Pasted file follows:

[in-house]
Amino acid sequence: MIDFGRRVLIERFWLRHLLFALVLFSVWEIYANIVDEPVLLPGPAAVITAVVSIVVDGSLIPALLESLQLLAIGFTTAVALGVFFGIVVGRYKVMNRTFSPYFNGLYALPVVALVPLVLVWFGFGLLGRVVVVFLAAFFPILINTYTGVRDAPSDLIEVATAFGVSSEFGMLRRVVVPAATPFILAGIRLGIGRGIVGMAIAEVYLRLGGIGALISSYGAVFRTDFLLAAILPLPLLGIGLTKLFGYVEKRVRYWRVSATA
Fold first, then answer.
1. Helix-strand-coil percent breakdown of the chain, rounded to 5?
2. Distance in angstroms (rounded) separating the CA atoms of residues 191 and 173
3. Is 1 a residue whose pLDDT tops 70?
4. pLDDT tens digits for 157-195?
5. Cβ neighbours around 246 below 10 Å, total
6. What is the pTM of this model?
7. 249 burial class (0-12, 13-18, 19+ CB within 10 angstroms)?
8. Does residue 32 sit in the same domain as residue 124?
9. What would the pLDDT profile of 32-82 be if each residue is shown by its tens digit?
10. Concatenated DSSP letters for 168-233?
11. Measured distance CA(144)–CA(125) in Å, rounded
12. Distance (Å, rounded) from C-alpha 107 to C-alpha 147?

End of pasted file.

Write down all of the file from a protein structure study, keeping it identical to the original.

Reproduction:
[in-house]
Amino acid sequence: MIDFGRRVLIERFWLRHLLFALVLFSVWEIYANIVDEPVLLPGPAAVITAVVSIVVDGSLIPALLESLQLLAIGFTTAVALGVFFGIVVGRYKVMNRTFSPYFNGLYALPVVALVPLVLVWFGFGLLGRVVVVFLAAFFPILINTYTGVRDAPSDLIEVATAFGVSSEFGMLRRVVVPAATPFILAGIRLGIGRGIVGMAIAEVYLRLGGIGALISSYGAVFRTDFLLAAILPLPLLGIGLTKLFGYVEKRVRYWRVSATA
Fold first, then answer.
1. Helix-strand-coil percent breakdown of the chain, rounded to 5?
2. Distance in angstroms (rounded) separating the CA atoms of residues 191 and 173
3. Is 1 a residue whose pLDDT tops 70?
4. pLDDT tens digits for 157-195?
5. Cβ neighbours around 246 below 10 Å, total
6. What is the pTM of this model?
7. 249 burial class (0-12, 13-18, 19+ CB within 10 angstroms)?
8. Does residue 32 sit in the same domain as residue 124?
9. What would the pLDDT profile of 32-82 be if each residue is shown by its tens digit?
10. Concatenated DSSP letters for 168-233?
11. Measured distance CA(144)–CA(125) in Å, rounded
12. Distance (Å, rounded) from C-alpha 107 to C-alpha 147?